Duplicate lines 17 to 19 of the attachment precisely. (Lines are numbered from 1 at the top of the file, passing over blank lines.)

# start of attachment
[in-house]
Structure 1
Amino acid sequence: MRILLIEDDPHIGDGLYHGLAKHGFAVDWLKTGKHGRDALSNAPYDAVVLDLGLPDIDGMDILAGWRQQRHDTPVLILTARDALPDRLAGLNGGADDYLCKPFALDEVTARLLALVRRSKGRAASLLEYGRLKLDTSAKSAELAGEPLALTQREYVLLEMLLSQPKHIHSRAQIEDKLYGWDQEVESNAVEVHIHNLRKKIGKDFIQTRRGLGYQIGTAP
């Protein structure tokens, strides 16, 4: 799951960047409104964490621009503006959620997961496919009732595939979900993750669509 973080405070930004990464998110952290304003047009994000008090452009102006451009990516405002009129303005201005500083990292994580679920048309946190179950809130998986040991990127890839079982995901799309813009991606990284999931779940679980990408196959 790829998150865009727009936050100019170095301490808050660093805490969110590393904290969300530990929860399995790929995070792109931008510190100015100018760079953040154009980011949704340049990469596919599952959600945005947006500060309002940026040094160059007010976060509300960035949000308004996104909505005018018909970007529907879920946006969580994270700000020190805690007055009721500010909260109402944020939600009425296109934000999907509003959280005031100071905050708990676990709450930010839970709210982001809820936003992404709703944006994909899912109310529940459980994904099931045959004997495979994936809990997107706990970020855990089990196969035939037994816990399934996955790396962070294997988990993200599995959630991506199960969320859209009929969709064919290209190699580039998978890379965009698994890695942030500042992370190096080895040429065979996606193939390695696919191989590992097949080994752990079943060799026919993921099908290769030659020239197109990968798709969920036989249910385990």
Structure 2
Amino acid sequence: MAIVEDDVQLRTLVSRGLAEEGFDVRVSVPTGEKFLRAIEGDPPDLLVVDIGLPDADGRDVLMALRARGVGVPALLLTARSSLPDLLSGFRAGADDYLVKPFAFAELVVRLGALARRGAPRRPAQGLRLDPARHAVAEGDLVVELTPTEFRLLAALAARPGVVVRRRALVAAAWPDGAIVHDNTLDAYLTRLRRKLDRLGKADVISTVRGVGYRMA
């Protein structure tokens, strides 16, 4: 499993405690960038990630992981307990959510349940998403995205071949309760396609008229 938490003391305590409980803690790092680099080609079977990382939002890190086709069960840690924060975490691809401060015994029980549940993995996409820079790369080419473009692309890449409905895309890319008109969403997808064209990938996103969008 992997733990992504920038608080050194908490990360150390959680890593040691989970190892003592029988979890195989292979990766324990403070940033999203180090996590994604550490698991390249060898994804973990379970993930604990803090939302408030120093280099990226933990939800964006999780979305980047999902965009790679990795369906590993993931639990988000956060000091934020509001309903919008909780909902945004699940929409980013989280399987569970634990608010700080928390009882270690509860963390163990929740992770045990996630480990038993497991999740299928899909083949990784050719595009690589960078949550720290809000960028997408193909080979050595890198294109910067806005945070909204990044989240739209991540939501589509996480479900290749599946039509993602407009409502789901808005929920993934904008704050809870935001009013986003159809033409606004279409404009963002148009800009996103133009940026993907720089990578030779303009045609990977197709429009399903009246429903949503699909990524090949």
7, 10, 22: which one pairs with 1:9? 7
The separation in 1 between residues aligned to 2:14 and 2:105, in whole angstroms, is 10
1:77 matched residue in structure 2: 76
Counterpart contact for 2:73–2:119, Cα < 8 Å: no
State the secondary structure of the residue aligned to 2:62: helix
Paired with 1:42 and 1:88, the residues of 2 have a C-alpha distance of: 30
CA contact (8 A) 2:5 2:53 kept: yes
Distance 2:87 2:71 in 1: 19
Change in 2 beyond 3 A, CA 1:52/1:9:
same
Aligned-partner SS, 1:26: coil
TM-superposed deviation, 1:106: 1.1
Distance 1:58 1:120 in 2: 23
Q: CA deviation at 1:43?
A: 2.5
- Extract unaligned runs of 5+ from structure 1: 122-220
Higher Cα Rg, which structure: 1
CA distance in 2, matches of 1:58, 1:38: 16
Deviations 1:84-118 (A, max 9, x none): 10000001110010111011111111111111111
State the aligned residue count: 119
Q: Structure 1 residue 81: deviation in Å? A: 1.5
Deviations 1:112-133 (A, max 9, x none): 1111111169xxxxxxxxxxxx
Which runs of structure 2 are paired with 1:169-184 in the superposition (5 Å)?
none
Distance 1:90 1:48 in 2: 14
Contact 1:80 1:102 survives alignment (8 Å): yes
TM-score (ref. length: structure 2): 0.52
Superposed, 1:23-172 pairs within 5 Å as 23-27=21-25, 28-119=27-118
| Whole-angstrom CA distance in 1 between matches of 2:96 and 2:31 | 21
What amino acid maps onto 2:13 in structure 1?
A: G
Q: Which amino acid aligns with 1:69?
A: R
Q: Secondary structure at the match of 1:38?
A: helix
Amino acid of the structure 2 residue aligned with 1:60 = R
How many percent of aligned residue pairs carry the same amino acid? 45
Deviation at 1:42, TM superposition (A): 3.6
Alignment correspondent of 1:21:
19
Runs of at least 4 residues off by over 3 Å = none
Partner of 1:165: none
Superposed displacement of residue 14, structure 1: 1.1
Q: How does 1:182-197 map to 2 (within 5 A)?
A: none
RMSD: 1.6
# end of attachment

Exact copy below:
same
Aligned-partner SS, 1:26: coil
TM-superposed deviation, 1:106: 1.1